After a six-week election campaign, Liz Truss has become the next UK Prime Minister after beating fellow Conservative Rishi Sunak. But will Britain's new leader usher in a new era of domestic and foreign policy?
In simple terms, most probably not. As a loyal supporter of Boris Johnson, Europe can expect much of the same dogmatic and nationalist rhetoric that frequently portrays the EU as an enemy rather than close ally.
Despite having backed the Remain campaign during the 2016 EU referendum, Liz Truss has since lent her full political support to Brexit and stoked jingoistic sentiment, "anti-wokism" and low taxes for the rich.
With her apparent disregard for addressing social and economic realities honestly, it is unsurprising that Truss found herself the front-runner to replace Boris Johnson and beat rival Rishi Sunak.
Cheese, low taxes and the war on woke
Before Brexit, Truss was best known for a bizarre rant on cheese and pork markets at the 2014 Conservative Party conference, in which she called it a "disgrace" that the UK imports two-thirds of its cheese. Though comical at the time, such statements are perfectly in tune with Truss' Brexit Britain mentality.
Truss has repeatedly sought to present herself as a modern-day reincarnation of Margaret Thatcher – the UK's first female prime minister who favoured an increasingly privatised economy with an emphasis on business and cutting social security. This has included a "war on woke" – an ideological campaign that seeks to portray socially-progressive discussions as "fashionable" nonsense.
A flagship policy of her campaign has been lowering taxes for the rich on the basis that taxing the wealthiest has “made everyone poorer.” Yet this argument for trickle-down economics will only serve to accentuate social inequality: average income in the UK for the richest 20% of the population has increased by 4.7% since 2018, for the poorest 20% it has fallen by 1.6%.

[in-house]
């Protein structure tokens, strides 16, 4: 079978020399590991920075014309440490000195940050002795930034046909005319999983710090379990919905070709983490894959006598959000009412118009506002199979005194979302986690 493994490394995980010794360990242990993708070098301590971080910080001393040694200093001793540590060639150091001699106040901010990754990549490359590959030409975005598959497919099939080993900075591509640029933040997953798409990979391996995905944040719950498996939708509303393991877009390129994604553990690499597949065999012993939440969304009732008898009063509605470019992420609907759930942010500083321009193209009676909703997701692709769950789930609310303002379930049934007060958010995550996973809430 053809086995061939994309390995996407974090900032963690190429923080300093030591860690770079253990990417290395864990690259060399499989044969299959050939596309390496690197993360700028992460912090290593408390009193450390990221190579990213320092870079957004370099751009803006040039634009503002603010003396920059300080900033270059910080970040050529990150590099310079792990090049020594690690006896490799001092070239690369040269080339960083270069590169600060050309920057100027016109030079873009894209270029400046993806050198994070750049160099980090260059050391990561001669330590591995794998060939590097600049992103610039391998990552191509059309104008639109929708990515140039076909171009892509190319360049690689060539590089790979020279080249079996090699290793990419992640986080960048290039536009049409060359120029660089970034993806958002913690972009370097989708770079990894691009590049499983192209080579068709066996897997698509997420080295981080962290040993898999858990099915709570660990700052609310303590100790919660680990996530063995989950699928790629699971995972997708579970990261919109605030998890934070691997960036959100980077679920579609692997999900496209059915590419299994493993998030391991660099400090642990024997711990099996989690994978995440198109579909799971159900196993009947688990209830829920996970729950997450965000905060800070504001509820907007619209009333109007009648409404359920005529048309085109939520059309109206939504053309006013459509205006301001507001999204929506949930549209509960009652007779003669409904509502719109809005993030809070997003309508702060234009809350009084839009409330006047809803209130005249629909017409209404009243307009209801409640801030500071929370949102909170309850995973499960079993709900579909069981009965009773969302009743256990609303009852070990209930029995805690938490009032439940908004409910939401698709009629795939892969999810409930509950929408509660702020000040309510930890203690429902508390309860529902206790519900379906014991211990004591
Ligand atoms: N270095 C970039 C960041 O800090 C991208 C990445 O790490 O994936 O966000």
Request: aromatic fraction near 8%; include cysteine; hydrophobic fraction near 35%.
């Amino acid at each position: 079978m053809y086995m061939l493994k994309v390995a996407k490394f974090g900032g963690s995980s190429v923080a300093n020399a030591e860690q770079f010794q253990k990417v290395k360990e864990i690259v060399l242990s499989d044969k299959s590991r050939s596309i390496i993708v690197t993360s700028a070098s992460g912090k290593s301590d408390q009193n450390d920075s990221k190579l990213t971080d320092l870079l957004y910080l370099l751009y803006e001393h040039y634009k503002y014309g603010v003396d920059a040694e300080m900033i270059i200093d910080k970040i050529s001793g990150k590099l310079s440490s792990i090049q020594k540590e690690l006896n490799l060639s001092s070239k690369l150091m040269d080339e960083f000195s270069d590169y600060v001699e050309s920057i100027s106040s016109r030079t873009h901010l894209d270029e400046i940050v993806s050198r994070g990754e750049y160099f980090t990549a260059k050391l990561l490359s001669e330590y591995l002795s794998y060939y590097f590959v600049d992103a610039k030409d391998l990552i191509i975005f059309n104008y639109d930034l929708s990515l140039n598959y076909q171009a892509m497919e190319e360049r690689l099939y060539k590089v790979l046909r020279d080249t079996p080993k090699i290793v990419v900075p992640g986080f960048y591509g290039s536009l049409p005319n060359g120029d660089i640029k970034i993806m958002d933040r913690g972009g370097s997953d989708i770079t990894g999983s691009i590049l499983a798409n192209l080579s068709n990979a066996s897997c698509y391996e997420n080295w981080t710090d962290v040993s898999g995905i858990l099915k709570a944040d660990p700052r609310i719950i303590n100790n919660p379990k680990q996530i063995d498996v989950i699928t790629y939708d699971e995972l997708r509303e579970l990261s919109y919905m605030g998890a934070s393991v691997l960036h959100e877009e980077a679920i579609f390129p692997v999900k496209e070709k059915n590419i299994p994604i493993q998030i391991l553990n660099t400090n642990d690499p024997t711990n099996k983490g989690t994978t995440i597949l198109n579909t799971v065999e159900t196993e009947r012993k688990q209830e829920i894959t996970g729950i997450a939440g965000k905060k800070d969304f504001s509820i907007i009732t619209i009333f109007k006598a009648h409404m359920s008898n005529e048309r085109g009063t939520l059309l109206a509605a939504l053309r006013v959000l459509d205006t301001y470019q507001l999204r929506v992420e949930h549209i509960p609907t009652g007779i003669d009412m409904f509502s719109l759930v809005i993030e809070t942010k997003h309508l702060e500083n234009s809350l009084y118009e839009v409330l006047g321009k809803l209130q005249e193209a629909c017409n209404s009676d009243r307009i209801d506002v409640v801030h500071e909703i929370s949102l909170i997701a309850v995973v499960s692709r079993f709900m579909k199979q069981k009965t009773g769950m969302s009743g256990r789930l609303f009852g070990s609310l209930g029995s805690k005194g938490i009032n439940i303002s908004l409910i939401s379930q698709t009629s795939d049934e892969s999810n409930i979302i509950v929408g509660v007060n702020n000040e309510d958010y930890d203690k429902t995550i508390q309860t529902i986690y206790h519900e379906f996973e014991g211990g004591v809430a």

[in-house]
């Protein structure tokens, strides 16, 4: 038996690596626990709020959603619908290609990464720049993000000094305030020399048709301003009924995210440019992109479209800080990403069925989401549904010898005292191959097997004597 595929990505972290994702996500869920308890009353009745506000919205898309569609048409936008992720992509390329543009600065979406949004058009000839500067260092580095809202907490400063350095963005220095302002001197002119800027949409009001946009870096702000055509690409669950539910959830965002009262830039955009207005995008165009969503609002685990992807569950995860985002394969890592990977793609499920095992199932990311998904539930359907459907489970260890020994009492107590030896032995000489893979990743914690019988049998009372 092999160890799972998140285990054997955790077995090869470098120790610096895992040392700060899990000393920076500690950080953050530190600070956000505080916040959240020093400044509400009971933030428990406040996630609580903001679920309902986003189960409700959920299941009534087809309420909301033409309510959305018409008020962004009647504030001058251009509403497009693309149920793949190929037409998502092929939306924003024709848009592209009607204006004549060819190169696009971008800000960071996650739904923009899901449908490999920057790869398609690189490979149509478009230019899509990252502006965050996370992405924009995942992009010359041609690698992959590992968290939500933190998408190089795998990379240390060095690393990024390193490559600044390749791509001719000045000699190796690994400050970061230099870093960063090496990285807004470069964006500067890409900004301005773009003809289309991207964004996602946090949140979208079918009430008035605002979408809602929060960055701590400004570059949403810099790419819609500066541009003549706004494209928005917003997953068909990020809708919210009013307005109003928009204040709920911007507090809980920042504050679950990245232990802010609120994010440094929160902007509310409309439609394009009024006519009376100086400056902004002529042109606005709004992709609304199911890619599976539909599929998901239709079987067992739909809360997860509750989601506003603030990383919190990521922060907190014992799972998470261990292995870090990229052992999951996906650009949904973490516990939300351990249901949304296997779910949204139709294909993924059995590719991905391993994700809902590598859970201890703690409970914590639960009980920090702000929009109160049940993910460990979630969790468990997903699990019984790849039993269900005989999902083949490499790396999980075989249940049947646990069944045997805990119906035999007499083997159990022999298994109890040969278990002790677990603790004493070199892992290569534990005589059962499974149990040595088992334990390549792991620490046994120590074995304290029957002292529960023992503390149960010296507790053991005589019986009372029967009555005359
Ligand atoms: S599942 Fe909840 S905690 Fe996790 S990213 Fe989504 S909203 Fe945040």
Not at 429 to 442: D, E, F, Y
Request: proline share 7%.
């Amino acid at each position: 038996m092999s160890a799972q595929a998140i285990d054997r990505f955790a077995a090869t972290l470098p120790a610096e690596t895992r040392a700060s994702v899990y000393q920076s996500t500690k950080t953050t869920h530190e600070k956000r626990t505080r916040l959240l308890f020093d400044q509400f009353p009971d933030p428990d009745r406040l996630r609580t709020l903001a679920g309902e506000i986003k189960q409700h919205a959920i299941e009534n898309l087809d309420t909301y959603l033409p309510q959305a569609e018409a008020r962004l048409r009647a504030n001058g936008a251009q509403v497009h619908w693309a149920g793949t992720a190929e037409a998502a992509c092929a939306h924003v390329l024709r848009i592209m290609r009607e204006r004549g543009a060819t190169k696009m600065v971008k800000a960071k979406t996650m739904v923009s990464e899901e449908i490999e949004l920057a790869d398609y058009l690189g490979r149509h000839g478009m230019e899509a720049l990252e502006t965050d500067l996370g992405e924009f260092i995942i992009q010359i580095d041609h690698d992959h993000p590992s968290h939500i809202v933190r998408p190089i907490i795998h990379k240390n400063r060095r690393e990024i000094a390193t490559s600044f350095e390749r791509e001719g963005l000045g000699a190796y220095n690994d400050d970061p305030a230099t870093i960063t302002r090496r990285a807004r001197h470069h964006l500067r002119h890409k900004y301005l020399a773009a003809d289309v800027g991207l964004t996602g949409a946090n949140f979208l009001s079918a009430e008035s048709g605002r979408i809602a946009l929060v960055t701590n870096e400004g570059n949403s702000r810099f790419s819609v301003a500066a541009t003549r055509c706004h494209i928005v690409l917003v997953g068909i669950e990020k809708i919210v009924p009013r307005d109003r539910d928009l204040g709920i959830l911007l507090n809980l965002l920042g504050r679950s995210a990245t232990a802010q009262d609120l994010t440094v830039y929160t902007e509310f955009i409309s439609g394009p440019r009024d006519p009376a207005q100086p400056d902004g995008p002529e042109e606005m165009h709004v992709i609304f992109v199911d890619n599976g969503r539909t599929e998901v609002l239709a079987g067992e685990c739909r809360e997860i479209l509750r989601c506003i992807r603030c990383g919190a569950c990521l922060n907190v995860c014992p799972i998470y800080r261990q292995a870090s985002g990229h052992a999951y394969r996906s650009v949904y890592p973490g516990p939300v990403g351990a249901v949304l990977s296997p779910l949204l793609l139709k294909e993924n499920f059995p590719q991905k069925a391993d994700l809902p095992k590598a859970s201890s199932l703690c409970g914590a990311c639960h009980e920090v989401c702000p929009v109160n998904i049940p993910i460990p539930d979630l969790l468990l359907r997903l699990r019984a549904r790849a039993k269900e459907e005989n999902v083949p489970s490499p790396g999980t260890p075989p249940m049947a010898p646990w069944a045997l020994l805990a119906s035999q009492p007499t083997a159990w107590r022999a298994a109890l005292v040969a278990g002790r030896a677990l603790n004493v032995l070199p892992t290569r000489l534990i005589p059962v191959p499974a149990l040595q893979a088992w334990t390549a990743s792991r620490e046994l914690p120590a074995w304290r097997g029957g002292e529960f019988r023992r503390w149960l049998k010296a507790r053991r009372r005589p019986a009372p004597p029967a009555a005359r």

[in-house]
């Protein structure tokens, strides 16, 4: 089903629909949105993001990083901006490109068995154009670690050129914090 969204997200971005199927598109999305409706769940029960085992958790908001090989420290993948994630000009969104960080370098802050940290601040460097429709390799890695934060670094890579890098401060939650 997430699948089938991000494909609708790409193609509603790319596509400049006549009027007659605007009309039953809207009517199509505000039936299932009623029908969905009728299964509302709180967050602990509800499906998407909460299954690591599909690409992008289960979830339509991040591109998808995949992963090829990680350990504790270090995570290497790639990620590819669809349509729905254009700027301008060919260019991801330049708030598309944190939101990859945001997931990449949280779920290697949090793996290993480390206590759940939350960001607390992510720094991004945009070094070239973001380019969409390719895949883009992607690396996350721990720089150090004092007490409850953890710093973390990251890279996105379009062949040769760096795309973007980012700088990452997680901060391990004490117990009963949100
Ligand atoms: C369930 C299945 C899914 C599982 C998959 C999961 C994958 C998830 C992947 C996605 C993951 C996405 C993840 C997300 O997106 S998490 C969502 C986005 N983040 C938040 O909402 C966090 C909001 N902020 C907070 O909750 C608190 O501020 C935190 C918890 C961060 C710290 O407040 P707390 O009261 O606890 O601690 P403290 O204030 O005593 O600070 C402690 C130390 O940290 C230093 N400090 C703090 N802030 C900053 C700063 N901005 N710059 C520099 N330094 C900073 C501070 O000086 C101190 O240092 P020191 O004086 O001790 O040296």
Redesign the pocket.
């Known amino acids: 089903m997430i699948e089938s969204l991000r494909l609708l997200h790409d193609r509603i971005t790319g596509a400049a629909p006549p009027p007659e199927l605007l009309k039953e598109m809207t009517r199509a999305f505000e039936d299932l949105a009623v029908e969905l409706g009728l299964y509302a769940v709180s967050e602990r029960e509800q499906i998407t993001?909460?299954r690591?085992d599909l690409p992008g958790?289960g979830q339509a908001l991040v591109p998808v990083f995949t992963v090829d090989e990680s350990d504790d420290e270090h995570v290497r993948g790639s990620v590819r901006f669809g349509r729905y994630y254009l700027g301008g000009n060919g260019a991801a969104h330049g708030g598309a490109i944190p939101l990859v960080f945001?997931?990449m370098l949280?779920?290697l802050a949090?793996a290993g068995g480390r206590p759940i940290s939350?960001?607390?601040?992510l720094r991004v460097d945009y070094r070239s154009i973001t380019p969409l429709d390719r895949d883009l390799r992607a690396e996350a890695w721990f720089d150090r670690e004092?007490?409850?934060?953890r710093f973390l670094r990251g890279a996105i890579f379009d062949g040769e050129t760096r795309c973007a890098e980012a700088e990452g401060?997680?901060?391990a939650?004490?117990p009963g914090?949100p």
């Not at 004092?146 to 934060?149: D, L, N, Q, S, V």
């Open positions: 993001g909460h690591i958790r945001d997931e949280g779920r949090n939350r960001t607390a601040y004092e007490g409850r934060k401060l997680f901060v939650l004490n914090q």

What about the big issues?
Despite UK businesses and households facing higher energy bills than the rest of Europe, Truss has given little indication of planned support measures and has persistently dodged questions on the matter.
With regard to Ukraine, Truss has stated continued support for the invaded nation. Yet on broader issues of foreign policy, Truss made headlines as Foreign Minister by putting forward a bill that would allow the UK Government to unilaterally rewrite part of the Brexit deal, risking a trade war with the EU.
A recent poll has suggested that support for Truss is already falling, with only 30% of polled Conservative voters believing that she will perform well as Prime Minister.
In addition, she will have to confront the ghost of Boris Johnson who she has continued to support, despite the public now seeing him as the worst British Prime Minister of the post-war era. Instead of presenting herself in opposition to Johnson, Truss seems happy to present herself as a continuation of her predecessor, giving cause for concern both at home and abroad.